In most of the developed world, the government has gradually taken over many of the responsibilities of adulthood from health care, childcare, care of the elderly and other responsibilities formerly seen as individual or family. Nobel Laureate economist Paul Krugman suggests that American conservatives preaching "family values" is hypocrisy while Europeans live it. On the continent, Krugman says, "Government regulations actually allow people to make a desirable tradeoff -- to modestly lower income in return for more time with friends and family." Steyn insightfully observes, "As befits a distinguished economist, Professor Krugman failed to notice that for a continent of 'family friendly' policies, Europe is remarkably short of families. While America's fertility rate is more or less at replacement level -- 2.1 -- seventeen European nations are at what demographers call 'lowest-low' fertility -- 1.3 or less -- a rate from which no society in human history has ever recovered. Germans, Spaniards, Italians and Greeks have upside-down family trees: four grandparents have two children and one grandchild." Steyn asks, "How can an economist analyze 'family friendly' policies without noticing that the upshot of these policies is that nobody has any families?" My answer to Steyn's questions is: the kind of economist that looks at the seen and ignores the unseen.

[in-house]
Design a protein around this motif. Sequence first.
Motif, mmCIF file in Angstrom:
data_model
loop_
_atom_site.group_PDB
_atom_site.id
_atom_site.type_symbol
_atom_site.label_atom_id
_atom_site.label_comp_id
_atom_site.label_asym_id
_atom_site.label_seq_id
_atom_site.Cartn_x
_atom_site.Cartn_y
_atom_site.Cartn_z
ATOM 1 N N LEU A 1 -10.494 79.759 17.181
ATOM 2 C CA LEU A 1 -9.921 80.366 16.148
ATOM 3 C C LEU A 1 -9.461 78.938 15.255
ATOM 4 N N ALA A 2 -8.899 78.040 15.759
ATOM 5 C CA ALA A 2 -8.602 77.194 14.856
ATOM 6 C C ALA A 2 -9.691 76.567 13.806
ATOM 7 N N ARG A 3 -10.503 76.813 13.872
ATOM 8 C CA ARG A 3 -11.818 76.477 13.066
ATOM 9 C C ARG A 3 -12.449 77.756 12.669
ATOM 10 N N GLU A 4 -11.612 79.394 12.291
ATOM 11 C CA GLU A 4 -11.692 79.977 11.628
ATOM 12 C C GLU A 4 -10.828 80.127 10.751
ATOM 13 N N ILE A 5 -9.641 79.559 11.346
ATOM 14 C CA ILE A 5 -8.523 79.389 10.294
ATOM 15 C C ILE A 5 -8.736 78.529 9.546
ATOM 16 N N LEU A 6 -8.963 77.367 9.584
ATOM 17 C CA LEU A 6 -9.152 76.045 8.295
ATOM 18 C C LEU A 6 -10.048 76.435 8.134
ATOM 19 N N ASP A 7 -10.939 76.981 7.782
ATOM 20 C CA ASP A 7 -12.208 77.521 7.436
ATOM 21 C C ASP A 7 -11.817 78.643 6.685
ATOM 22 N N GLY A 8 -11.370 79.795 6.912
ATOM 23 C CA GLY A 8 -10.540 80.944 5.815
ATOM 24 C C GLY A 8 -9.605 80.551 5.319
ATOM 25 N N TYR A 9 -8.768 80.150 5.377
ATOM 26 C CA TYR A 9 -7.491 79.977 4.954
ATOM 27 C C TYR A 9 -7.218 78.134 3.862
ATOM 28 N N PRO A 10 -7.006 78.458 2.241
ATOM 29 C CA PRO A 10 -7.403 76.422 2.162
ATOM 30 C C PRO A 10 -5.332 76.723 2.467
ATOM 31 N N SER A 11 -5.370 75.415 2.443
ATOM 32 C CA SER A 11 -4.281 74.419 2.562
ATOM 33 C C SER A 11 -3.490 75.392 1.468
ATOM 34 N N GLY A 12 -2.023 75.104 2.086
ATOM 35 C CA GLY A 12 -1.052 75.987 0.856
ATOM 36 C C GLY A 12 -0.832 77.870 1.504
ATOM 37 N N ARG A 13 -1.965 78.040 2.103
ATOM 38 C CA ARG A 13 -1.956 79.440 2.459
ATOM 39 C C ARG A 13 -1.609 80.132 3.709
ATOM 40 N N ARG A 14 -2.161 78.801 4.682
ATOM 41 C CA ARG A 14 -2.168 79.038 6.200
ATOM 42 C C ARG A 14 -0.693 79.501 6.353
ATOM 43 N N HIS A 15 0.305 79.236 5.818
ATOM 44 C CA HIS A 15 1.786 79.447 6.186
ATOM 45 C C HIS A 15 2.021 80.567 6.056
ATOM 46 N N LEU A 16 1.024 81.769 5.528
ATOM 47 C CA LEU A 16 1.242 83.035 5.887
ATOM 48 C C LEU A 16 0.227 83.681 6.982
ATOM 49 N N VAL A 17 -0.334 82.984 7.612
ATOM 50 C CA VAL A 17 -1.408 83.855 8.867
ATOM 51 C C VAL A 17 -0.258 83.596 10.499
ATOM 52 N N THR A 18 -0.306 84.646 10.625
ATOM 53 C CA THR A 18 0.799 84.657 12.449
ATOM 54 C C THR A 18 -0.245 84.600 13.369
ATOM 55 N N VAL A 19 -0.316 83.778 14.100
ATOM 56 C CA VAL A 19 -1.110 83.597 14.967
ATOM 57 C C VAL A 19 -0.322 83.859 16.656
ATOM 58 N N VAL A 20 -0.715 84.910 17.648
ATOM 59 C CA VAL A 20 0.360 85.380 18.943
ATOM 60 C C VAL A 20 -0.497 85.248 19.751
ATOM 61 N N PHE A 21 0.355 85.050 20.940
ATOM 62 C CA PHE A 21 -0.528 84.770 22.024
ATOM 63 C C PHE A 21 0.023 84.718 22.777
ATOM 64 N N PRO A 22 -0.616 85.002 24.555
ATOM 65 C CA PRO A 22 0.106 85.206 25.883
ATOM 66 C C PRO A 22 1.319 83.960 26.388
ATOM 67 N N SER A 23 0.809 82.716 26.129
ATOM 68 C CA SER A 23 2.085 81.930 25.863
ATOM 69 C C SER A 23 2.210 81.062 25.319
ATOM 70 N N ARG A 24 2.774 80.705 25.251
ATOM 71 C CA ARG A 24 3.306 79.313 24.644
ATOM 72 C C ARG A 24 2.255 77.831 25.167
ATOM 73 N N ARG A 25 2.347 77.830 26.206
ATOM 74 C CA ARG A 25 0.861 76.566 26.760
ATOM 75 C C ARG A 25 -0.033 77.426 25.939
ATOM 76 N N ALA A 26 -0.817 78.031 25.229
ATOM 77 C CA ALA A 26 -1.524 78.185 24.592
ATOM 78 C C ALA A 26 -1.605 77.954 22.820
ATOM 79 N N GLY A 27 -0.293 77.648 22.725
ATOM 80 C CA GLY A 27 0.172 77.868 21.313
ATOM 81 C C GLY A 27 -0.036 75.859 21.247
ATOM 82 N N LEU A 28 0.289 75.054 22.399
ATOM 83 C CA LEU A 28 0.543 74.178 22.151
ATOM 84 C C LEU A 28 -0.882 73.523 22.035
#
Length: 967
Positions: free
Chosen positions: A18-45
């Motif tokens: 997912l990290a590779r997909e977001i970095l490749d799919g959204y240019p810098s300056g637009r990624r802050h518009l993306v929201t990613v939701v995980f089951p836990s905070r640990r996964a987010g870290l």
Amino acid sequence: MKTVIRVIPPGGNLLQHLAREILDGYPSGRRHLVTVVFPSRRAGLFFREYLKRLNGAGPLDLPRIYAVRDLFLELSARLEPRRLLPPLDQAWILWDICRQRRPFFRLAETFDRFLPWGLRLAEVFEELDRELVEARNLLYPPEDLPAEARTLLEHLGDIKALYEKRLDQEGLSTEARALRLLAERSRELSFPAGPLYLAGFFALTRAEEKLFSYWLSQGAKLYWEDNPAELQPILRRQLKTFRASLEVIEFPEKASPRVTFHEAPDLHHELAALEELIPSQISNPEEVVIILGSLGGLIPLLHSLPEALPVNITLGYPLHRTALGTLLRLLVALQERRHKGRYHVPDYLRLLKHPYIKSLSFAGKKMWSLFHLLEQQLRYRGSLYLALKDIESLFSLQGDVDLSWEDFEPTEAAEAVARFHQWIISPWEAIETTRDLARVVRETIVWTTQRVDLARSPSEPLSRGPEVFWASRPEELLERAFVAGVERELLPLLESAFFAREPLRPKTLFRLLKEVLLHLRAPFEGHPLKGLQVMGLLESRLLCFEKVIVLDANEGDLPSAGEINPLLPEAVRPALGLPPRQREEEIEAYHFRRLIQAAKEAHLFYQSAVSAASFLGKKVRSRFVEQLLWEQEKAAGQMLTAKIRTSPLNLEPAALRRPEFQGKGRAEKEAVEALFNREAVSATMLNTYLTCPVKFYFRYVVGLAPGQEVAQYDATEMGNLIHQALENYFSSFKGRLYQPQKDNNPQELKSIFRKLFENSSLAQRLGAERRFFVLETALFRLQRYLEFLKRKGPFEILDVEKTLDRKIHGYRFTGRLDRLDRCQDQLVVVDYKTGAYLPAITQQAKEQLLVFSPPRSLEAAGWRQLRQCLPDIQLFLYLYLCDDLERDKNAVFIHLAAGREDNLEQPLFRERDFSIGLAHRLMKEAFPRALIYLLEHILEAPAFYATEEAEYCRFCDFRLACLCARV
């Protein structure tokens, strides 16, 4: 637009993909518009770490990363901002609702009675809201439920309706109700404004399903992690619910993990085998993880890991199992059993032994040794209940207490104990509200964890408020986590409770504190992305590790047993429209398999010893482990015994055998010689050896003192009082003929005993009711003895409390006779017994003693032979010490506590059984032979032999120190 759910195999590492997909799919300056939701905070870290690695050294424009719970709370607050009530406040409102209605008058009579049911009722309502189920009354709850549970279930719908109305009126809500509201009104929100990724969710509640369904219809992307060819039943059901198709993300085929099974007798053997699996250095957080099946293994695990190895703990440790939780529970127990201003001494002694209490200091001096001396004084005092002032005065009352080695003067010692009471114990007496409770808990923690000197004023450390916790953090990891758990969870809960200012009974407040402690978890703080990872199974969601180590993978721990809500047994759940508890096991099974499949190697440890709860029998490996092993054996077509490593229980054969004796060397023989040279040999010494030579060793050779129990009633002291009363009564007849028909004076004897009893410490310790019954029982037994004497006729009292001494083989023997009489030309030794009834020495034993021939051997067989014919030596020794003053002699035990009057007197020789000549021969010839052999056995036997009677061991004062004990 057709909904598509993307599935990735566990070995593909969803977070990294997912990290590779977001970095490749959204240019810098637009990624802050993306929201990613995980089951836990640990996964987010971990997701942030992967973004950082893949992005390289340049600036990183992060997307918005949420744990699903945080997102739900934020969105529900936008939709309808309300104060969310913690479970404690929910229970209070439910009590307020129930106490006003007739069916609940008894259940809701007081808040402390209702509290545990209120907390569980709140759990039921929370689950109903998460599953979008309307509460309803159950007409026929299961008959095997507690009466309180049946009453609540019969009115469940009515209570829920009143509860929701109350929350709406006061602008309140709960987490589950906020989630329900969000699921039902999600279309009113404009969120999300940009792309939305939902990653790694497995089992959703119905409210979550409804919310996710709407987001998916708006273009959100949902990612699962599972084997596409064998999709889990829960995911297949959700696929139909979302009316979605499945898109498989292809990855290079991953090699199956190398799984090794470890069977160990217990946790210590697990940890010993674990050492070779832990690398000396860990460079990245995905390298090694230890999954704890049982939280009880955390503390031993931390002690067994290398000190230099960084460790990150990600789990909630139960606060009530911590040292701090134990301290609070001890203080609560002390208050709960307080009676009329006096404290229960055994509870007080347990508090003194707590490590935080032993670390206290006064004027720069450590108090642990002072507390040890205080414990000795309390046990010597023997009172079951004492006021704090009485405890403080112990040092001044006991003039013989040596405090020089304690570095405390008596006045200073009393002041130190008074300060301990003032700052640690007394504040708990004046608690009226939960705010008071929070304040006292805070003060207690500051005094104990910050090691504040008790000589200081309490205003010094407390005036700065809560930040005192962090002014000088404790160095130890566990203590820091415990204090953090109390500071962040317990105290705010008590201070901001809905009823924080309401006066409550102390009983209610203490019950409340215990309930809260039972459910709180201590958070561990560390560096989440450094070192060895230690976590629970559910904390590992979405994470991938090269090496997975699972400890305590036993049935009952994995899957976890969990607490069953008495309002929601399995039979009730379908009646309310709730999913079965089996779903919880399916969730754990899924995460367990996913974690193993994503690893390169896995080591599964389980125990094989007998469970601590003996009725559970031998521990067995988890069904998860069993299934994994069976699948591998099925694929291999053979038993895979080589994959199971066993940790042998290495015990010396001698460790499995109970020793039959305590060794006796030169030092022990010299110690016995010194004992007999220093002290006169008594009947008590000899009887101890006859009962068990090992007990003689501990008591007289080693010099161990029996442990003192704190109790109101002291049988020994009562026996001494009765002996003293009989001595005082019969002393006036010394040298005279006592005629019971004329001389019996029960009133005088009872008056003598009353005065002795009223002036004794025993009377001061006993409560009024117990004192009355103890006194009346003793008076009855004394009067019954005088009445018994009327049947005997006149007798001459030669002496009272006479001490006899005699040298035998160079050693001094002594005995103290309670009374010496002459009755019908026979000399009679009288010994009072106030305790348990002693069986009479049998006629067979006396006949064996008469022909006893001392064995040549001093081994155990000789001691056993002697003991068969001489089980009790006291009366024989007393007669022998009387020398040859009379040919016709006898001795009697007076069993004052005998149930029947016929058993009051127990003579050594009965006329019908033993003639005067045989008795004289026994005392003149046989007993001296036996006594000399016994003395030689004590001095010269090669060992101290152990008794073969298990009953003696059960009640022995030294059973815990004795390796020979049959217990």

Mark Steyn provides us with a historical tidbit. "Live Free or Die," which graces New Hampshire's license plate, are the words of John Stark, New Hampshire's Revolutionary War hero. He uttered those words decades after the War when he was 81 years old, the complete sentence being: "Live free or die: Death is not the worst of evils." Steyn says these words should not be interpreted "as a battle cry: We'll win this thing or die trying, die an honorable death. But in fact it's something far less dramatic: It's a bald statement of the reality of our lives in the prosperous West. You can live as free men, but, if you choose not to, your society will die."